National Cervical Screening Program
About the program
The National Cervical Screening Program aims to reduce illness and deaths from cervical cancer by encouraging women and people with a cervix, aged 25-74, who have ever been sexually active to have regular cervical screening.
The 5 yearly cervical screening test detects human papillomavirus (HPV), a virus that can cause changes in the cells of the cervix. Recent evidence demonstrates a cervical screening test using a self-collected vaginal sample is as accurate as a clinician-collected sample taken from the cervix during a speculum examination.
Women and people are invited to start cervical screening from the age of 25 and continue screening until they are 74.
Visit the Department of Health and Aged Care's website for further information on the National Cervical Screening Program.
From 1 July 2022, the National Cervical Screening Program started offering self-collection as a choice to all people eligible to participate in cervical screening. This includes any women and people with a cervix aged beween 25 and 74 who have ever been sexually active, even if they are already vaccinated against HPV.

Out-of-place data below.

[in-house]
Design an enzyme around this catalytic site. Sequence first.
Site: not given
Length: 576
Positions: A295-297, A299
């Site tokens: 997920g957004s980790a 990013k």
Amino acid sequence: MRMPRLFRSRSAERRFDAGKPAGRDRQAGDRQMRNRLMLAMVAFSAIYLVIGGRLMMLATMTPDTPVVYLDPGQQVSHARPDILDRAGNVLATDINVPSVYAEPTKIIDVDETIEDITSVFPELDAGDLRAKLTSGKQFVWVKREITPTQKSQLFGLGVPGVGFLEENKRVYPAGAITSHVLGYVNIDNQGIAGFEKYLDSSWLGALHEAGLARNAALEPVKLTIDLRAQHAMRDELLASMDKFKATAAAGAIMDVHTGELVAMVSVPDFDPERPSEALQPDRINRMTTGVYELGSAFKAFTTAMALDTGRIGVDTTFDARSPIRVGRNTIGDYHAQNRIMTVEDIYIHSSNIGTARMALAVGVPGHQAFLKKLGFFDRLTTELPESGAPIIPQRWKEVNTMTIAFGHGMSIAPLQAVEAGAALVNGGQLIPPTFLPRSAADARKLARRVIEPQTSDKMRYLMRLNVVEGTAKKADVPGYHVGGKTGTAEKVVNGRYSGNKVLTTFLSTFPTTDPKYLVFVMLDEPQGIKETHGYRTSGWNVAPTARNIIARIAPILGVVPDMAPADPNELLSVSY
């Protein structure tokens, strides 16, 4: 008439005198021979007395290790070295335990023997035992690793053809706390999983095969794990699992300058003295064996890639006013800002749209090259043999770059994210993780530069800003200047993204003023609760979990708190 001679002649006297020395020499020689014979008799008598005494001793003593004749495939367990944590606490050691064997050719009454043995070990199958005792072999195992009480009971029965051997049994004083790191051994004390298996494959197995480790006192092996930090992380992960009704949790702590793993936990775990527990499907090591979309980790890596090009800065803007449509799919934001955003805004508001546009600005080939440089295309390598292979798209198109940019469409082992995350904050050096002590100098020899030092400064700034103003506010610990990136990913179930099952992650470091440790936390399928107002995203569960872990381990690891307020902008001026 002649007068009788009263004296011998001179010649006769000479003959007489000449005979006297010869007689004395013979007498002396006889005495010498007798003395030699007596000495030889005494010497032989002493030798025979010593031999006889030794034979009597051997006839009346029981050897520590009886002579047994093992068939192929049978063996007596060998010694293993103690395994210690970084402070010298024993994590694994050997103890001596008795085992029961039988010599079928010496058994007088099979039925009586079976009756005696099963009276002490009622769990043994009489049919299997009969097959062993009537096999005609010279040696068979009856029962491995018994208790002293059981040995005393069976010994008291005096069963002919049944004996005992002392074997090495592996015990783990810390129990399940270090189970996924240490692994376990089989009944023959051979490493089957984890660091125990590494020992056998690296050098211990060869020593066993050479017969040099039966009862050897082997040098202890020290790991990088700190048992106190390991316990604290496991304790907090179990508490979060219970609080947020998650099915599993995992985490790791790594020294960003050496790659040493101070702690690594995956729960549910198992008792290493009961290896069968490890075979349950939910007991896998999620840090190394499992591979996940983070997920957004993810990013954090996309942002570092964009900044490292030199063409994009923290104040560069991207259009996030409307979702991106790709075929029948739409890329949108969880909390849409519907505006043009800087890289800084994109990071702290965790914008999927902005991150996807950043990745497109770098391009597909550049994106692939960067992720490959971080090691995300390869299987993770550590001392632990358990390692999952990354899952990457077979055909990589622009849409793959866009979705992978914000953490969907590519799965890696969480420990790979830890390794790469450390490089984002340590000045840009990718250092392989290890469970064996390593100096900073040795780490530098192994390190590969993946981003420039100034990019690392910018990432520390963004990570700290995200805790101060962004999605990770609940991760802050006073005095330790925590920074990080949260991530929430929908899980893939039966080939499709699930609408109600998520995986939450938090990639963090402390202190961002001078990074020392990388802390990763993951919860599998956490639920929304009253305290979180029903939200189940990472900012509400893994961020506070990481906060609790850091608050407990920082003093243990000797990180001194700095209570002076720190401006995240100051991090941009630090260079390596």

Testing under 25 years old
As cervical cancer is rare in the under 25 years age group and most common infections or abnormalities usually go away by themselves, it is considered safe for people to wait until the age of 25 to have their first cervical screening test. Health professionals should use normal clinical judgement and processes to determine if a test is required.
National Cancer Screening Register
Complete cervical screening histories are available from the National Cancer Screening Register.
Fine out further information on the register, including how to gain access:
The Register can also be contacted by calling 1800 627 701 on business days between 8am and 6pm.